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There are two sides to every story. Judges rightly admonish juries to check out both sides before coming to a conclusion. Our entire system of adversarial justice is built on this principle. But under surveillance by FBI in the 2001 anthrax mailings case, U.S. Army scientist Bruce Ivins committed suicide. So only one side got to tell its version of the story.

Upon closing the case on February 19, 2010, FBI issued an Amerithrax Investigative Summary that concludes that Ivins was the anthrax mailer. The Summary contains serious errors as well as minor ones. It also omits crucial information. So, to ensure a fair outcome, we need to look at it through the eyes of a defense attorney, to make sure that the American people can check out both sides of the story before coming to a conclusion. Continue reading »

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On April 27, 1996, 76-year old William Colby, former director of the CIA, disappeared from his vacation home on the water at Rocky Point, Maryland.  Colby had spent the day at a marina fixing his sloop.  He returned home after 6 pm, phoned his wife, who was visiting her mother in Texas, and told her he was tired and would eat supper, then go to bed.  He watered his trees, met with his gardener and his visiting sister around 7:15 pm (sunset was at 7:57), and fixed himself a meal.  The next day there was no sign of him.  Eventually, a neighbor phoned the police.  They found his supper half-eaten.  The computer and radio were on.  His canoe was missing.1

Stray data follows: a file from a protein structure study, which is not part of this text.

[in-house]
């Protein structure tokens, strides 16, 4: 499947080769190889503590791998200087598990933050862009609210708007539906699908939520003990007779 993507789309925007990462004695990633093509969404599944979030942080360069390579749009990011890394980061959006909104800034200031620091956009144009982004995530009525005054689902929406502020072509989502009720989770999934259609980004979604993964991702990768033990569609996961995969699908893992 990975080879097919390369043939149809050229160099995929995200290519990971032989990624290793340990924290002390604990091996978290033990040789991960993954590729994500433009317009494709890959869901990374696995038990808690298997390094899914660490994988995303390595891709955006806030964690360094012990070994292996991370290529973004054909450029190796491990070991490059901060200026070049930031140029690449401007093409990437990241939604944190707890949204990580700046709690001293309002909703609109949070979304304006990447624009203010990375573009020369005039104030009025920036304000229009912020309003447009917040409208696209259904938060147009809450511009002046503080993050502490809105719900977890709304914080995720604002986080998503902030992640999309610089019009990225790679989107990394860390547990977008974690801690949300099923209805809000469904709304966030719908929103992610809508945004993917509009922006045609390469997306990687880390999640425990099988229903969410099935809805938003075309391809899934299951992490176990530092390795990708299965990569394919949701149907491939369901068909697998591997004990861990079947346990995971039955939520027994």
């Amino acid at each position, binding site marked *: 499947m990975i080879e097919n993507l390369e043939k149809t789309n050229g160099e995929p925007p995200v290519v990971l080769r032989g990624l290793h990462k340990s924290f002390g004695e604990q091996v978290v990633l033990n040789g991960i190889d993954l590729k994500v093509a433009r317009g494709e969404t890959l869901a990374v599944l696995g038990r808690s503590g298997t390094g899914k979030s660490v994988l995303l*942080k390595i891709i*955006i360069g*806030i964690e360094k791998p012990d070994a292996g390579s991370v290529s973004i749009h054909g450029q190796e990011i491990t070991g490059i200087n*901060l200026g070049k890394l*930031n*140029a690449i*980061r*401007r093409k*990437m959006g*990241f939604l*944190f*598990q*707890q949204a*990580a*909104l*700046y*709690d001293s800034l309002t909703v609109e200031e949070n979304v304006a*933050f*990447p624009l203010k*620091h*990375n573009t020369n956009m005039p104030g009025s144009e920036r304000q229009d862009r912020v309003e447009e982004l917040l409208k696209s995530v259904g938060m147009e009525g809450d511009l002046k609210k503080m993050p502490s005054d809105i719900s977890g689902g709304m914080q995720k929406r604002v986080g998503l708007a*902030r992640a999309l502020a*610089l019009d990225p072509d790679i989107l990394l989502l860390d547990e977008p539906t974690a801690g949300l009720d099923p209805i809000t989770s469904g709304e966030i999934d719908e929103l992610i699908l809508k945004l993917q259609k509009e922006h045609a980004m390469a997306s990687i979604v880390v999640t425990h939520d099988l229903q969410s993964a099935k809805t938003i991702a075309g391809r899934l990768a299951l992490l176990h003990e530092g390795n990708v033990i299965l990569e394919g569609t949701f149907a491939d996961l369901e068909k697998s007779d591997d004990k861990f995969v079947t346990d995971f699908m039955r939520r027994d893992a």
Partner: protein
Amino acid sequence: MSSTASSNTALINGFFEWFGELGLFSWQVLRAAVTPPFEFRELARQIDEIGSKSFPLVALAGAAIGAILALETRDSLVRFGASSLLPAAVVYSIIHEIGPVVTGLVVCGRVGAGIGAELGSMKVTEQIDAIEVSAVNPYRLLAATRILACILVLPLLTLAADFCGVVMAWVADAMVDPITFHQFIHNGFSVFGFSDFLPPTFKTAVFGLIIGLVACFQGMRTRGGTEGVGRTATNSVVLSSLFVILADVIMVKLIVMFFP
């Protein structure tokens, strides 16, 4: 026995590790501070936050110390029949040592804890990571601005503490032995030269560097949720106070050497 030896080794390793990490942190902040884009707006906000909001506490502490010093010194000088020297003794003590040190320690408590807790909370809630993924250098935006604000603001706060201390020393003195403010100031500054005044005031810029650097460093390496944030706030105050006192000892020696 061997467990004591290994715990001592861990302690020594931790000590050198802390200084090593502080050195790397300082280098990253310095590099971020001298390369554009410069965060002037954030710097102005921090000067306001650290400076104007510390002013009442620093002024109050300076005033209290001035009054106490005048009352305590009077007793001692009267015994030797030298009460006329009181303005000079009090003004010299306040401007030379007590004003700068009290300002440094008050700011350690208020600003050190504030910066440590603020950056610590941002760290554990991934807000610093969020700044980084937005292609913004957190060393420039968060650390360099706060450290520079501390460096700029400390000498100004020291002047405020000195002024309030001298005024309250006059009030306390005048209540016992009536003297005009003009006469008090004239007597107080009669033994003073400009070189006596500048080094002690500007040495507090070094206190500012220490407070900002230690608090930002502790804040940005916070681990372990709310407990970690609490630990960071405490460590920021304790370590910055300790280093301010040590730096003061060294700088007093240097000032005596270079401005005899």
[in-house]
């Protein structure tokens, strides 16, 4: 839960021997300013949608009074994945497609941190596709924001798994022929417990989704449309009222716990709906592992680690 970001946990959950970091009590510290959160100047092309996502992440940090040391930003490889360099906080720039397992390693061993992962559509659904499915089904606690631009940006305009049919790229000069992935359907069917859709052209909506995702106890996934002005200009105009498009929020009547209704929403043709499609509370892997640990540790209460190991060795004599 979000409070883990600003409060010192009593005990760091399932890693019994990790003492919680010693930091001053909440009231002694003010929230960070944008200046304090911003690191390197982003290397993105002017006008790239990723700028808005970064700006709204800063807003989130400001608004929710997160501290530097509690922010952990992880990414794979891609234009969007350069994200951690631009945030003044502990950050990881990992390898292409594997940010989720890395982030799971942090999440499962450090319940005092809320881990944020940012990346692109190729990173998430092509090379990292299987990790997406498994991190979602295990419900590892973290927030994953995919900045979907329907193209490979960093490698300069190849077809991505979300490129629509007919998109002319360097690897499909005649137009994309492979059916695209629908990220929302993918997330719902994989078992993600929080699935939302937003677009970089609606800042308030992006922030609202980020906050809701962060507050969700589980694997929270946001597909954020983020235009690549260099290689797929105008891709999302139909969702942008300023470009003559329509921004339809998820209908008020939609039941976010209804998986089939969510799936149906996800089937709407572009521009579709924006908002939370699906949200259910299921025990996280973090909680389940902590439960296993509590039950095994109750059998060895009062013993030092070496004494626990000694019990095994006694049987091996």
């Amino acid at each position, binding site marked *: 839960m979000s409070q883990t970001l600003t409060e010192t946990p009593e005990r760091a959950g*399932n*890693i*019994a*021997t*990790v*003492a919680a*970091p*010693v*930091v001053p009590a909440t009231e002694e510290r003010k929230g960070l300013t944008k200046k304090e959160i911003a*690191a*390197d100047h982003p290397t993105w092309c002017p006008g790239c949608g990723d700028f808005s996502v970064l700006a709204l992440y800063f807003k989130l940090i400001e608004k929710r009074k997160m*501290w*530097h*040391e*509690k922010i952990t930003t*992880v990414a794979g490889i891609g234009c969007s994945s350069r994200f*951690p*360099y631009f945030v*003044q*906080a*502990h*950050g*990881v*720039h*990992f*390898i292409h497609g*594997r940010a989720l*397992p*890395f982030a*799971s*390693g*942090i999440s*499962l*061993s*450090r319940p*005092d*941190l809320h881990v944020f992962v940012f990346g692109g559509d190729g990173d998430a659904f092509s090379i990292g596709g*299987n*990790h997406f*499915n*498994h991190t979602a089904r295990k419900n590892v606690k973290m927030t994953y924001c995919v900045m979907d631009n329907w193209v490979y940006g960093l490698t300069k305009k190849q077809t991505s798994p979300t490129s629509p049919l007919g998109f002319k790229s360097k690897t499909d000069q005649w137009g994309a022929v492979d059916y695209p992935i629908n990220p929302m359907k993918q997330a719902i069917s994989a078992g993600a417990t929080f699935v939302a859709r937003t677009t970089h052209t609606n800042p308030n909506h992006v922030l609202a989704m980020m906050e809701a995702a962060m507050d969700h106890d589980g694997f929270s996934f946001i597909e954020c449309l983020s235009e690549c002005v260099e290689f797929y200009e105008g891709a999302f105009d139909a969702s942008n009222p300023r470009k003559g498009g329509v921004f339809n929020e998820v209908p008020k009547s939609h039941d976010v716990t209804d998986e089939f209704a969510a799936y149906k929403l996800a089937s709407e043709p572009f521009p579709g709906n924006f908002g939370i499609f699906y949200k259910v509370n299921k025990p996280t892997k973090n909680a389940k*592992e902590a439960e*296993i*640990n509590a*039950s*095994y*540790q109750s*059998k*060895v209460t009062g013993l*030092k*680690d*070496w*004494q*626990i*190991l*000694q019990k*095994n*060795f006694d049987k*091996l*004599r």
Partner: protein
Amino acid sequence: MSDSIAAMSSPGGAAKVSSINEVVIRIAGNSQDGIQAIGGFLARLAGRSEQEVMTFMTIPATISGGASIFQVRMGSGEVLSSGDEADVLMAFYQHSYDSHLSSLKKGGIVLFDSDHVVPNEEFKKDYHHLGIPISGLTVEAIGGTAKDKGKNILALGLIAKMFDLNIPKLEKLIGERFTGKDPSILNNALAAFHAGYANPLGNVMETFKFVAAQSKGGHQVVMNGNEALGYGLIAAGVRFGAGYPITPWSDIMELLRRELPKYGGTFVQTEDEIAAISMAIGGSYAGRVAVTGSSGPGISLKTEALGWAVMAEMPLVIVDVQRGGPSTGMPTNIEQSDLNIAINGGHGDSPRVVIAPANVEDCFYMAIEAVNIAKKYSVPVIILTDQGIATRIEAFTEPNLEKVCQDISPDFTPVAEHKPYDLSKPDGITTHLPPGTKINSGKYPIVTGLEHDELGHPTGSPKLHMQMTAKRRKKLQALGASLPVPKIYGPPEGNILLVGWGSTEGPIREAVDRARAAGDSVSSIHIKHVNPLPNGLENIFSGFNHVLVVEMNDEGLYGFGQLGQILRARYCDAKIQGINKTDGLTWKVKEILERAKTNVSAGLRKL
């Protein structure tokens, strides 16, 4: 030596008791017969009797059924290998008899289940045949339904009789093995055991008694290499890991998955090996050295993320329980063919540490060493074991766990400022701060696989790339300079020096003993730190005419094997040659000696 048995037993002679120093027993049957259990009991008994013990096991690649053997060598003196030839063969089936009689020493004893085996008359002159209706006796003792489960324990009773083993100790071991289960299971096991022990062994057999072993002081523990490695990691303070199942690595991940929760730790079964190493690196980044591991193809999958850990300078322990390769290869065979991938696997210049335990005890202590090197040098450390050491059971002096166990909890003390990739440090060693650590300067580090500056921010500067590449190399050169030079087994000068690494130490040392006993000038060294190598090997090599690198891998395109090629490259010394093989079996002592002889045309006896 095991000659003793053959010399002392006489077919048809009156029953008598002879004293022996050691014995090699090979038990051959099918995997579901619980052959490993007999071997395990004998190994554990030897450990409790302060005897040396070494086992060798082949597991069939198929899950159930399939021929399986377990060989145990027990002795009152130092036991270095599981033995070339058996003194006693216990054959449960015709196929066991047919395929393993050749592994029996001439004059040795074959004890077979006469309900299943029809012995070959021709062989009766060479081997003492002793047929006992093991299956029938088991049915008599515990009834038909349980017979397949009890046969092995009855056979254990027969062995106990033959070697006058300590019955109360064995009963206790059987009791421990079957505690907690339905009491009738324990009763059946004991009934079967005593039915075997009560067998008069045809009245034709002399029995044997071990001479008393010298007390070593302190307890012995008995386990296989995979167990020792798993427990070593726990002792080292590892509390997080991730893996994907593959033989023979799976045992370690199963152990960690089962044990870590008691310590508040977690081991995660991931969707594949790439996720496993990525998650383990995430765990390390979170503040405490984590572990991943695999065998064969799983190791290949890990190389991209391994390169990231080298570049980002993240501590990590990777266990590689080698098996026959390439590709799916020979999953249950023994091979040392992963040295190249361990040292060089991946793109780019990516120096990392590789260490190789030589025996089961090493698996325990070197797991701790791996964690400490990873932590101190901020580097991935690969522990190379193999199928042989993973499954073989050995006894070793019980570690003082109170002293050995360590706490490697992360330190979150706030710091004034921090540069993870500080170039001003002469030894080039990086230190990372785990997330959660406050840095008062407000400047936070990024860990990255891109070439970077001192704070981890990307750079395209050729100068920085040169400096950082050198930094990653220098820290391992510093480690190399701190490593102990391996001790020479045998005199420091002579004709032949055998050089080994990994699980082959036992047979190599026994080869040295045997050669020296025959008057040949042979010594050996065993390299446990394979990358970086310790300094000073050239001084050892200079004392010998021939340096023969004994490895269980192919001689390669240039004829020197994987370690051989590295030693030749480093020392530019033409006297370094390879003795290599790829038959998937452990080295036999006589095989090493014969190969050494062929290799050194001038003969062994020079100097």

By the next day a full-scale search with helicopters and divers was under way. Continue reading »

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In World War I Imperial Germany faced the daunting task of fighting Great Britain, France, and Russia at the same time.  Mindful of the unfairness inherent in passing judgment in hindsight, we can usefully ask whether Germany might have won the war even against these odds had it not made too many serious mistakes.  “What if?” history of this sort can help us understand better what actually happened, and it can provide precautionary lessons for the future.  Here is a list of key German mistakes, omitting errors at the battlefield level, in this colossal human tragedy. Continue reading »

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Hitler and Generals

By all accounts, Nazi Germany made serious errors in waging the Second World War that kept it from achieving much greater success, though whether it could have won the War remains open to doubt, given the American effort to develop nuclear weapons.  Also, Japanese mistakes need to be taken into consideration.  At any rate, asking “What if” questions about German strategy can help us better understand what actually happened.

Here is a list of key German mistakes that can guide our thinking about the many lessons we can learn from this greatest of wars (not included are significant errors at the battlefield level such as at Dunkirk and Stalingrad).  Of course, this list assumes that Germany’s decision to go to war in the first place and with the goals it had for doing so made sense.  I thank my students for their contributions to the list.1

Continue reading »

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japanwwiiWhen Japan went to war against the United States in 1941, its chances of winning were slim, indeed.  But it is worth asking what steps Japan might have taken, or what mistakes it might have avoided, to increase the likelihood of greater success and possibly even victory. Continue reading »